To 150 ml. of a 9:1 mixture of tetrahydrofuran and water were added 15.95 gms. (27 mmoles) of the product from Part D. The mixture was cooled to 0 C. with stirring, and 30 ml. of 1 N sodium hydroxide were added dropwise to the resulting mixture. The mixture was stirred for 2 hours upon completion of the dropwise addition and then was extracted twice with ether. The separated aqueous layer was acidified to pH 2.5 by addition of 30 ml. of 1 N hydrochloric acid. The title compound crystallized, was collected by filtration, and was recrystallized once from a mixture of methanol and water and twice from ethyl acetate to give 11.43 gms. (85% theory), m.p. 104-107 C. [α]D 25 +31.4 (C=0.5, MeOH).

Analysis, Calculated for C26 H33 N3 O7 (499.54): C, 62.51; H, 6.66; N, 8.41. Found: C, 62.31; H, 6.83; N, 8.12.

F. N.sup.α -t-Butyloxycarbonyl-N.sup.α -methyl-L-phenylalanine, d-(+) α-methylbenzylamine salt

To 75 ml. of tetrahydrofuran were added 13.26 gms. (0.05 moles) of N.sup.α -t-butyloxycarbonyl-L-phenylalanine. The resulting mixture was added dropwise over a 30 minute period to a mechanically stirred suspension of 0.15 mole of potassium hydride and 0.5 gram of 18-crown-6 ether at 0 C. under a nitrogen atmosphere. The mixture was stirred for an additional hour at 0 C. A solution of 6.23 ml. (0.1 mole) of methyl iodide in 15 ml. of tetrahydrofuran was added dropwise over a 15 minute period. The mixture was maintained for two hours, and a mixture of 10 ml. of acetic acid and 10 ml. of tetrahydrofuran was added dropwise followed by 20 ml. of ethanol. The mixture then was poured onto 400 ml. of ice. The pH of the resulting aqueous phase then was raised to 12-13 by addition of 2 N sodium hydroxide. The aqueous mixture was extracted twice with ether and then was acidified to pH 3.0 by addition of solid citric acid. The aqueous mixture then was extracted three times with 200 ml. of ether. The ether extracts were combined, extracted with water, dried over magnesium sulfate, and evaporated in vacuo to a syrup. The syrup was dissolved in 50 ml. of ether, and 6.44 ml. (0.05 moles) of d(+)-α-methylbenzylamine were added. The resulting solution was diluted with 350 ml. of hexane and was scratched. The product was collected by filtration to give 15.83 gms. (79% theory) of the title compound. Recrystallization from ethyl acetate gave 13.70 gms. (68% theory) of the title compound, m.p. 136-139 C. [α]D 25 -28.2 (C=1, EtOH).

Analysis, Calculated for C23 H32 N2 O4 (400.50); C, 68.97; H, 8.05; N, 6.99. Found: C, 68.75; H, 7.81; N, 6.74.

G. N.sup.α -t-Butyloxycarbonyl-N.sup.α -methyl-L-phenylalanyl amide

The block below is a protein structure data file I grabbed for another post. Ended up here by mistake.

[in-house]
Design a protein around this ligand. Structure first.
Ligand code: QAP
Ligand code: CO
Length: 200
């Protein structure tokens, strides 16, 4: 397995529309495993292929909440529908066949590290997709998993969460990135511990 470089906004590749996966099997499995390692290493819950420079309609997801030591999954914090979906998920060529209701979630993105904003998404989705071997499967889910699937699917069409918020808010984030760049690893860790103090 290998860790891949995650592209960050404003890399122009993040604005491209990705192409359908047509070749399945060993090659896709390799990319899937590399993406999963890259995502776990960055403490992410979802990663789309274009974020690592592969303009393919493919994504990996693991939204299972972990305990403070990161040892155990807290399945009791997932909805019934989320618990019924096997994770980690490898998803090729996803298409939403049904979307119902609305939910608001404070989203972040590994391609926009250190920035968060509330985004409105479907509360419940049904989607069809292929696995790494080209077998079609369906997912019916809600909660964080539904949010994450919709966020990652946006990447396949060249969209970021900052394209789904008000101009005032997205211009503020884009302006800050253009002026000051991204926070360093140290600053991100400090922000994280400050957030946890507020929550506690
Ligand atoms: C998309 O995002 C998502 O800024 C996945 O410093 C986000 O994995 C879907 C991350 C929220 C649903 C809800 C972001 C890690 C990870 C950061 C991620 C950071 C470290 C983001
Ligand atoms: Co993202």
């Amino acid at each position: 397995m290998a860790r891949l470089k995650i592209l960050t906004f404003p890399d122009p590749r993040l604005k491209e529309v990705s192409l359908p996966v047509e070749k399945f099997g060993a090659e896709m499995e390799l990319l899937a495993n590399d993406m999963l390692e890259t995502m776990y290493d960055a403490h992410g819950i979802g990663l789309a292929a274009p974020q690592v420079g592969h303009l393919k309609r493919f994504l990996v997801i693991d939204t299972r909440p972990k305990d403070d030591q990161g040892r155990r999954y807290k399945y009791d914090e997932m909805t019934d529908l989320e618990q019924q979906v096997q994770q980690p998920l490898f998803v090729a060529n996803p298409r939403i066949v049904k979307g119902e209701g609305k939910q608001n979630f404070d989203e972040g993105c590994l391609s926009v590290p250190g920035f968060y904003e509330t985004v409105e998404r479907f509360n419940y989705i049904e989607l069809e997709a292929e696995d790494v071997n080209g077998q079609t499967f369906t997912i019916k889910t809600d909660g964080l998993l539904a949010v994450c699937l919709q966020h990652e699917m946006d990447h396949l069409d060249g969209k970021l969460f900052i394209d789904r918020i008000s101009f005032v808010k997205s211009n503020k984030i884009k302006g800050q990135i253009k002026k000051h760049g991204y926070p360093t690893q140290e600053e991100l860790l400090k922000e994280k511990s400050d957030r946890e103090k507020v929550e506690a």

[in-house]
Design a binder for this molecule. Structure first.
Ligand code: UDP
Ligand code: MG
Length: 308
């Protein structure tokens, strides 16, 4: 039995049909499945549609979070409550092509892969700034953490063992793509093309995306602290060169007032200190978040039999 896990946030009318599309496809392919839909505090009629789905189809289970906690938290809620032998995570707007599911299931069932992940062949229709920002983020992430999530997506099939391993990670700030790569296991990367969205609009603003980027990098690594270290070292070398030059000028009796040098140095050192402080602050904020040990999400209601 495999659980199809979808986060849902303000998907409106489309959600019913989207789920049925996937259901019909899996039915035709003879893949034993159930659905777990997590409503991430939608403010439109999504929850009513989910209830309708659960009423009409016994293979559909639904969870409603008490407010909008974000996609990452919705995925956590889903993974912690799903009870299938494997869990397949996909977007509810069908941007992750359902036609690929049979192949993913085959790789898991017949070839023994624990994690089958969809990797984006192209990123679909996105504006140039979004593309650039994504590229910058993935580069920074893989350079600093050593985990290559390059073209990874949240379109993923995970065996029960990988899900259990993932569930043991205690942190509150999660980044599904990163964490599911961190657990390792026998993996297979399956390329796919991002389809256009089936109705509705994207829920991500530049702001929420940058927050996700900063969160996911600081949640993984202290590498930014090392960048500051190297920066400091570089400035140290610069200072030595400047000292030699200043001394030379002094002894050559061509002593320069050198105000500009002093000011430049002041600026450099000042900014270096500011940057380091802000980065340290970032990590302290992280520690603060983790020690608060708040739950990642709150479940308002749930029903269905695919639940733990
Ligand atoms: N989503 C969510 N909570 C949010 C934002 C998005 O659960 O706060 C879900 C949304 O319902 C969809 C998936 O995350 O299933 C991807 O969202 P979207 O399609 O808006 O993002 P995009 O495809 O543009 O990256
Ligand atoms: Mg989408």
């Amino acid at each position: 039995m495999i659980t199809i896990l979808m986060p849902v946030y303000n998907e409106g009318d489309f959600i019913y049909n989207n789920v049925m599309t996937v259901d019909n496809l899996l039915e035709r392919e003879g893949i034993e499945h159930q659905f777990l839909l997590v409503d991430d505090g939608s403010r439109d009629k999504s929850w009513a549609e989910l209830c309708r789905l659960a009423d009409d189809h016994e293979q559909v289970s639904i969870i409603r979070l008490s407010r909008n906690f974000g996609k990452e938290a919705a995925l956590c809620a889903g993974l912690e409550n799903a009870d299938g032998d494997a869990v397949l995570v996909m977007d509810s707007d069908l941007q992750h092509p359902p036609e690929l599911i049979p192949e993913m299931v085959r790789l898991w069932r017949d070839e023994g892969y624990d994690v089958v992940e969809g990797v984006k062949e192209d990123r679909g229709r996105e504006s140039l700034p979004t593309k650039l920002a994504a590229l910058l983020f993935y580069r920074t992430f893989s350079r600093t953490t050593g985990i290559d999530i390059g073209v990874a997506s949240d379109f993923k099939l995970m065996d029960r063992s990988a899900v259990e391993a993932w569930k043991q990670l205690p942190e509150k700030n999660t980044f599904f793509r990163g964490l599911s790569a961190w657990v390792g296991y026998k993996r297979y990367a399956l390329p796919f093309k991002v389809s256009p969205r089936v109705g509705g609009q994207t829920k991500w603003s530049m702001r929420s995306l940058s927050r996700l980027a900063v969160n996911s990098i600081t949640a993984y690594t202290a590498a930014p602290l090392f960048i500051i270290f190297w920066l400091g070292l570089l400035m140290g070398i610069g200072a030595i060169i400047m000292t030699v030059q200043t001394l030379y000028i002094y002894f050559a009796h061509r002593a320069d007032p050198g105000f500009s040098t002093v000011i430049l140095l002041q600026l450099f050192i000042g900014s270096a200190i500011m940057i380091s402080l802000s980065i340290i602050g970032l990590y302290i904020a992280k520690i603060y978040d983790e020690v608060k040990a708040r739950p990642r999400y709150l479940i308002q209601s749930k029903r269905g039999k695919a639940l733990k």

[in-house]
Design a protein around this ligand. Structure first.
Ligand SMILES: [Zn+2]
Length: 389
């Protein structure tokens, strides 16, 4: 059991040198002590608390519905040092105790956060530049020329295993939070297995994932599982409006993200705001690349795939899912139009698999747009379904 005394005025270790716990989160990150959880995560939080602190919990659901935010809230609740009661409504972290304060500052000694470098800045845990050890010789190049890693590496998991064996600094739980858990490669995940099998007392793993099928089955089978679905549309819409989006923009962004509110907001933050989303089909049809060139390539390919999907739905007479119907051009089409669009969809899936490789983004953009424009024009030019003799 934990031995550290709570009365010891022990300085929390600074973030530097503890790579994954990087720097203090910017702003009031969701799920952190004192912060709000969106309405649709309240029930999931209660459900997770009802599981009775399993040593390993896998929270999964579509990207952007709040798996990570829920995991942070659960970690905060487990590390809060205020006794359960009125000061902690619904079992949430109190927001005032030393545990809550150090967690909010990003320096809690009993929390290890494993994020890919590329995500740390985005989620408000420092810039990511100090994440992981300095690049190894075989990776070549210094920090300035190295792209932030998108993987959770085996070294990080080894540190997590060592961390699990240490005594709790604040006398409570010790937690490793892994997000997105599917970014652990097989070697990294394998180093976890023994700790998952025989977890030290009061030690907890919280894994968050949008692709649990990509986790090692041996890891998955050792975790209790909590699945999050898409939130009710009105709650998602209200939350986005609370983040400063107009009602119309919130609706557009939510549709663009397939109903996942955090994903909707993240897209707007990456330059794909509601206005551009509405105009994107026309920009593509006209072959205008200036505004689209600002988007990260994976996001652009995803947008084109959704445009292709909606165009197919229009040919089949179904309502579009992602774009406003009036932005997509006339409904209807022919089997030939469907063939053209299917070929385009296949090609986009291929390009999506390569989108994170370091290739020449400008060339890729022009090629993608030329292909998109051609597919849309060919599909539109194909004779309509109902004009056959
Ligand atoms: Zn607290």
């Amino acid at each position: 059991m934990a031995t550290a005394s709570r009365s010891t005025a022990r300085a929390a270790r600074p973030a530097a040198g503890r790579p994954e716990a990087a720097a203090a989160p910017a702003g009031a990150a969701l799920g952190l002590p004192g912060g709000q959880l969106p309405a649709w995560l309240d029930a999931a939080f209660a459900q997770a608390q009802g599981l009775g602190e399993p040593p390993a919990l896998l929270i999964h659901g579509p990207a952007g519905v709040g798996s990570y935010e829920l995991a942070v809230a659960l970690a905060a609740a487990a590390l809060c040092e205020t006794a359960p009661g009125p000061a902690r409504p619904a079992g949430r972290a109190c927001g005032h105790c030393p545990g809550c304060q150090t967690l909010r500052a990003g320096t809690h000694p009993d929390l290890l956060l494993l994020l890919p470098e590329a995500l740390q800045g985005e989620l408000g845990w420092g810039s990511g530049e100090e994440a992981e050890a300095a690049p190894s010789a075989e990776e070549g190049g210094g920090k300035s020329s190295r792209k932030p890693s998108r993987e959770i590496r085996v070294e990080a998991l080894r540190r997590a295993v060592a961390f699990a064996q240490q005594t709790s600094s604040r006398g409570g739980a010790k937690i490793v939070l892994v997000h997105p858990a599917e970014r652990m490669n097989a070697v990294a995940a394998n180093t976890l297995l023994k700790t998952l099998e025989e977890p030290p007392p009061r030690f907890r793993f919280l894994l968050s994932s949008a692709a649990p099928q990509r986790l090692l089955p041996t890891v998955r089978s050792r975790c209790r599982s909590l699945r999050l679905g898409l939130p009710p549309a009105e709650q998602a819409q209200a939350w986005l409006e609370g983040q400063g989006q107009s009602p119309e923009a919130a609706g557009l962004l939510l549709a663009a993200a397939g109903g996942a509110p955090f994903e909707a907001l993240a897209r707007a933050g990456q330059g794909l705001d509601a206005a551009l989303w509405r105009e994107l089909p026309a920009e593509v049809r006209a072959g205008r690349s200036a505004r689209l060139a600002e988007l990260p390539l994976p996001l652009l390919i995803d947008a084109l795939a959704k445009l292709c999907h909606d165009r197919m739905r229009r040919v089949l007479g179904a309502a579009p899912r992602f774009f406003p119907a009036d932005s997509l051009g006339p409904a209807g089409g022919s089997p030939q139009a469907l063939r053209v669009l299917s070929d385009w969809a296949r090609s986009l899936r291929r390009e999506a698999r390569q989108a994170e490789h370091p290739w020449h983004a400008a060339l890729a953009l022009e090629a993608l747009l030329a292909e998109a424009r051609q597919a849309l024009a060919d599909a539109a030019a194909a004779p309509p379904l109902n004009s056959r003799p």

N.sup.α -t-Butyloxycarbonyl-N.sup.α -methyl-L-phenylalanine (4.0 gms.; 0.01 moles; prepared by acidification of the d(+)-α-methylbenzylamine salt and extraction into ether) was dissolved in 20 ml. of N,N-dimethylformamide (DMF). The mixture was cooled to -15 C., and 1.56 ml. (0.012 moles) of isobutyl chloroformate were added followed by 1.32 ml. (0.012 moles) of N-methylmorpholine. The reaction mixture was stirred for 10 minutes at -15 C., and anhydrous ammonia was bubbled into the reaction mixture for 1.5 hours. The resulting mixture was stirred for one hour at -15 C., and the mixture then was poured into a vessel containing 200 ml. of ice. The aqueous solution was extracted with ethyl acetate. The organic layer was separated and washed successively with 1.5 N citric acid, water, 1 N sodium bicarbonate and water. The ethyl acetate solution then was dried over magnesium sulfate and evaporated in vacuo to a syrup which was crystallized from a mixture of ether and petroleum ether to give 2.12 grams (76% theory) of the title compound, m.p. 91-92 C. [α]D 25 -111.2 (C=0.5, CHCl3).

Analysis, Calculated for C15 H22 N2 O3 (278.33): C, 64.73; H, 7.97; N, 10.06. Found: C, 64.95; H, 7.81; N, 9.79.

H. N.sup.α -t-Butyloxycarbonyl-O-Benzyl-L-tyrosyl-D-alanyl-glycyl-N.sup.α -methyl-L-phenylalanyl amide

To 20 ml. of freshly prepared glacial acetic acid containing anhydrous hydrogen chloride (1 N) and 2 ml. of anisole were added 1.95 gms. (0.007 moles) of N.sup.α -t-butyloxycarbonyl-N.sup.α -methyl-L-phenylalanyl amide. The resulting mixture was stirred at room temperature for 30 minutes. The mixture then was poured into ether, and the resulting precipitate was collected and dried (1.5 gms.). The hydrochloride salt then was dissolved in 30 ml. of DMF. The solution was cooled to 0 C., and 1.4 ml. (0.007 moles) of dicyclohexylamine were added. The mixture was stirred for a few minutes, and 3.5 gms. (0.007 moles) of N.sup.α -t-butyloxycarbonyl-O-benzyl-L-tyrosyl-D-alanyl-glycine, 950 mg. (0.007 moles) of HBT, and 1.4 gms. (0.007 moles) of DCC were added. The reaction mixture then was stirred at 0 C. for 2 hours and then at 4 C. for 24 hours. The mixture was cooled to 0 C. and filtered. The filtrate was concentrated in vacuo to an oil which was redissolved in ethyl acetate. The ethyl acetate solution was extracted successively with 1 N sodium bicarbonate, water, cold 0.75 N citric acid, and water. The organic phase was dried over magnesium sulfate and concentrated in vacuo to an oil. The oil was chromatographed on a 40 cm.3 cm. column of Grace and Davison Grade 62 silica gel in chloroform. The product was eluted using a stepwise gradient of chloroform to a mixture of 10% methanol in chloroform. The product was isolated according to the thin-layer profile of the fractions collected to give 3.55 gms. (77% theory) of the title compound. [α]D 25 -9.2 (C=0.5, MeOH).

Analysis, Calculated for C36 H45 N5 O7 (659.8): C, 65.54; H, 6.57; N, 10.61. Found: C, 65.46; H, 6.58; N, 10.36.

I. N.sup.α -t-Butyloxycarbonyl-L-tyrosyl-D-alanyl-glycyl-N.sup.α -methyl-L-phenylalanyl amide